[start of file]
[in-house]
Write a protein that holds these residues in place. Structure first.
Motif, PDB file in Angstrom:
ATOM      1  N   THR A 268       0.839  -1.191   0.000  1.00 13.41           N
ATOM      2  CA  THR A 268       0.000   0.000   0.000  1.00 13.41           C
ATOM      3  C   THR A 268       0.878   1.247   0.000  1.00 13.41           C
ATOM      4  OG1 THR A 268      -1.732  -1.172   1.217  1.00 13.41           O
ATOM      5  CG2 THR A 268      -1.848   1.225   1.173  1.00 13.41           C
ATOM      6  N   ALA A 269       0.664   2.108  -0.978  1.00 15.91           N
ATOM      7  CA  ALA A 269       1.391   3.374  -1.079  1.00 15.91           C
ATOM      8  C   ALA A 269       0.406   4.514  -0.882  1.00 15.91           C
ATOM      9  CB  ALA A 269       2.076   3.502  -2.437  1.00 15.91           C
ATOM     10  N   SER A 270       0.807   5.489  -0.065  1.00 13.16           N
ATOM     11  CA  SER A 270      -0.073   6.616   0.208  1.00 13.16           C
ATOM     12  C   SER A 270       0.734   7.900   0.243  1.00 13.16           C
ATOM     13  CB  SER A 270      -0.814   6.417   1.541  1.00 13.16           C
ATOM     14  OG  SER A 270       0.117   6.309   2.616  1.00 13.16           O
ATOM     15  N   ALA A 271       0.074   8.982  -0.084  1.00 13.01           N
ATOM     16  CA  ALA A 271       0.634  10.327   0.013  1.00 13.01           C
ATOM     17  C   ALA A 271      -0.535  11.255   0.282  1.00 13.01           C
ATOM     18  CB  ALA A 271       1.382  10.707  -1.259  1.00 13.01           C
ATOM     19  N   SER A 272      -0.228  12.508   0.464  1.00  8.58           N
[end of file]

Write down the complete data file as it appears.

[in-house]
Write a protein that holds these residues in place. Structure first.
Motif, PDB file in Angstrom:
ATOM      1  N   THR A 268       0.839  -1.191   0.000  1.00 13.41           N
ATOM      2  CA  THR A 268       0.000   0.000   0.000  1.00 13.41           C
ATOM      3  C   THR A 268       0.878   1.247   0.000  1.00 13.41           C
ATOM      4  OG1 THR A 268      -1.732  -1.172   1.217  1.00 13.41           O
ATOM      5  CG2 THR A 268      -1.848   1.225   1.173  1.00 13.41           C
ATOM      6  N   ALA A 269       0.664   2.108  -0.978  1.00 15.91           N
ATOM      7  CA  ALA A 269       1.391   3.374  -1.079  1.00 15.91           C
ATOM      8  C   ALA A 269       0.406   4.514  -0.882  1.00 15.91           C
ATOM      9  CB  ALA A 269       2.076   3.502  -2.437  1.00 15.91           C
ATOM     10  N   SER A 270       0.807   5.489  -0.065  1.00 13.16           N
ATOM     11  CA  SER A 270      -0.073   6.616   0.208  1.00 13.16           C
ATOM     12  C   SER A 270       0.734   7.900   0.243  1.00 13.16           C
ATOM     13  CB  SER A 270      -0.814   6.417   1.541  1.00 13.16           C
ATOM     14  OG  SER A 270       0.117   6.309   2.616  1.00 13.16           O
ATOM     15  N   ALA A 271       0.074   8.982  -0.084  1.00 13.01           N
ATOM     16  CA  ALA A 271       0.634  10.327   0.013  1.00 13.01           C
ATOM     17  C   ALA A 271      -0.535  11.255   0.282  1.00 13.01           C
ATOM     18  CB  ALA A 271       1.382  10.707  -1.259  1.00 13.01           C
ATOM     19  N   SER A 272      -0.228  12.508   0.464  1.00  8.58           N